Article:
On October 31, 1917, courageous soldiers from New Zealand and Australia took part in the Battle of Beersheba - a step toward the defeat of the Ottoman Empire that ruled the Holy Land. And today, Israeli Prime Minister Netanyahu shared these words at a ceremony marking the battle - and the bravery of those who fought in it:
We are remembering an act of courage that changed history. The indomitable spirit of the soldiers of New Zealand here and the Australian Light Horse right there changed history. It is something that didn’t take very long, only a few hours, but the pivot, the hinge of fate moved at that point. It required resources of courage and determination and resolution, precisely because they were facing very fierce, strong and determined troops. This makes their achievement all the greater.
We are here standing in the city of Abraham. Four thousand years ago, our forefathers came here. Now, because of that day a hundred years ago, you see the modern city of Be'er Sheba, with the cyber headquarters, with the future in our hands. We have peace, prosperity and security, but it was made possible because of those heroes.
We always remember that. We remember the sacrifices of these young men from New Zealand and from Australia. We are sister democracies. We – New Zealand and Israel – have the advantage of being small relative to Australia, so I would have said our three small democracies, but that would be a gross misstatement. But I would say our three valiant democracies, who have created prosperity and hope for their peoples, and by cooperating with each other, for many other peoples. This forged a bond of friendship that began in Gallipoli between New Zealanders, Australians and the young Jewish fighters, who were the first Jewish fighting force in history.
I spoke about that earlier in the cemetery, but I want to mention something else that happened that saved many, many lives, because each life, each drop of New Zealand blood that was shed here and Australian blood that was shed there is precious blood. But it could have been a far greater tragedy for those families and for many more families were it not for Aaron Aaronsohn, a brilliant scientist and agronomist and his sister Sara, and their comrades, who established an intelligence ring that gave General Allenby the information that said you must come here. Don’t go there. Don’t go again to Gaza. Come to Be'er Sheba.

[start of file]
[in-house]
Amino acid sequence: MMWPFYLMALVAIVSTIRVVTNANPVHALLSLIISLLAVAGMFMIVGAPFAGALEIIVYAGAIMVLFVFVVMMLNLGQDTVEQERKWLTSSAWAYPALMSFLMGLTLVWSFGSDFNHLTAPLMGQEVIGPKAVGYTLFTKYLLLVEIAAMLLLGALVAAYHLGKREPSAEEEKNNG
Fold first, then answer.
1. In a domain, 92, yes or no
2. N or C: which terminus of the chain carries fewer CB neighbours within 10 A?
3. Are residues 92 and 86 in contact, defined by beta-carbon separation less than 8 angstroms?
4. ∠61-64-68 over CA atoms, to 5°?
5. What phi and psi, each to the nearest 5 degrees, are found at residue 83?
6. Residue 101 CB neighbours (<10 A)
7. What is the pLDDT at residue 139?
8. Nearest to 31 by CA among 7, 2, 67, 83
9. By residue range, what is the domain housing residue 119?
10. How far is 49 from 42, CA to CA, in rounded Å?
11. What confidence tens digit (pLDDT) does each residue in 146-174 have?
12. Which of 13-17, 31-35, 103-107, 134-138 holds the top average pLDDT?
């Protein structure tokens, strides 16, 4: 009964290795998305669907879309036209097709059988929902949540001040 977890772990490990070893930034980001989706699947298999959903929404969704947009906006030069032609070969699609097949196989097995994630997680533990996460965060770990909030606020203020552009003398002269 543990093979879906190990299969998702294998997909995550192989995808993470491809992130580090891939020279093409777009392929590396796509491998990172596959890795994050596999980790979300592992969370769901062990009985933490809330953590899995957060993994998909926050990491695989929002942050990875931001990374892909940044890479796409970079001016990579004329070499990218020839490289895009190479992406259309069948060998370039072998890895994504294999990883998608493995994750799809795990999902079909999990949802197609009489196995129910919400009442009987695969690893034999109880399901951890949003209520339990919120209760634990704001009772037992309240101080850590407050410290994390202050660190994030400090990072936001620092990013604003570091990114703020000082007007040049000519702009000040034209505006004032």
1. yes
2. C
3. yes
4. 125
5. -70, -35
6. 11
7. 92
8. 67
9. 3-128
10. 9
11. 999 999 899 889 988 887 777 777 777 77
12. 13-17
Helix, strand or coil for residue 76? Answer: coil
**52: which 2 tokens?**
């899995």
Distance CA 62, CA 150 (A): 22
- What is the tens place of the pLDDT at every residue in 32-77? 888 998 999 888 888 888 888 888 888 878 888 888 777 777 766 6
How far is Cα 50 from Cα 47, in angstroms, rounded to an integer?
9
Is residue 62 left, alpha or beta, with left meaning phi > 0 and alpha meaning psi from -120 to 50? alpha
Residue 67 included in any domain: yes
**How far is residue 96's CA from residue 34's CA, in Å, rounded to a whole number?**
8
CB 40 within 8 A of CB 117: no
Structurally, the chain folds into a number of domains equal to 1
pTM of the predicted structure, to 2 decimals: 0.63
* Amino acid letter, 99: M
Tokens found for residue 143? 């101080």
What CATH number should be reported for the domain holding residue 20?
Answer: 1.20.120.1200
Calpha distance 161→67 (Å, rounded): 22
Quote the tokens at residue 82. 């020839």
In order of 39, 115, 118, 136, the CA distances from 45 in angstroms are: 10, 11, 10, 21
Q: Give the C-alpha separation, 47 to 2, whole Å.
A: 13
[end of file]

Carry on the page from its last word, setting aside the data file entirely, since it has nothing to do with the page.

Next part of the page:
The British assessment was that because of the contribution of Aaronsohn, tens of thousands of lives were saved. And Sara Aaronson, who took her life under severe torture, rather than spill out these secrets, we remember too. Sara is a name I like, I have to tell you. So, Sara the wife of Abraham was here 4,000 years ago. Sara Aaronsohn was here, even though she wasn’t, 100 years ago. And we, the great democratic allies of New Zealand, Israel and Australia are here today as we celebrate the future. We remember the past, and we celebrate the future.
But even so, even with that contribution of intelligence, you still needed courage. To face entrenched troops here and entrenched troops there, courage was required. And courage, of all human values, is the most important one, because it guarantees all the rest. There was plenty of courage that day. And of those fallen New Zealand soldiers and the fallen Australian Light Horse, we can say, in the words of a man of extraordinary courage, King David, “They were swifter than eagles; they were stronger than lions.”
We shall always be indebted to them and we will always remember them.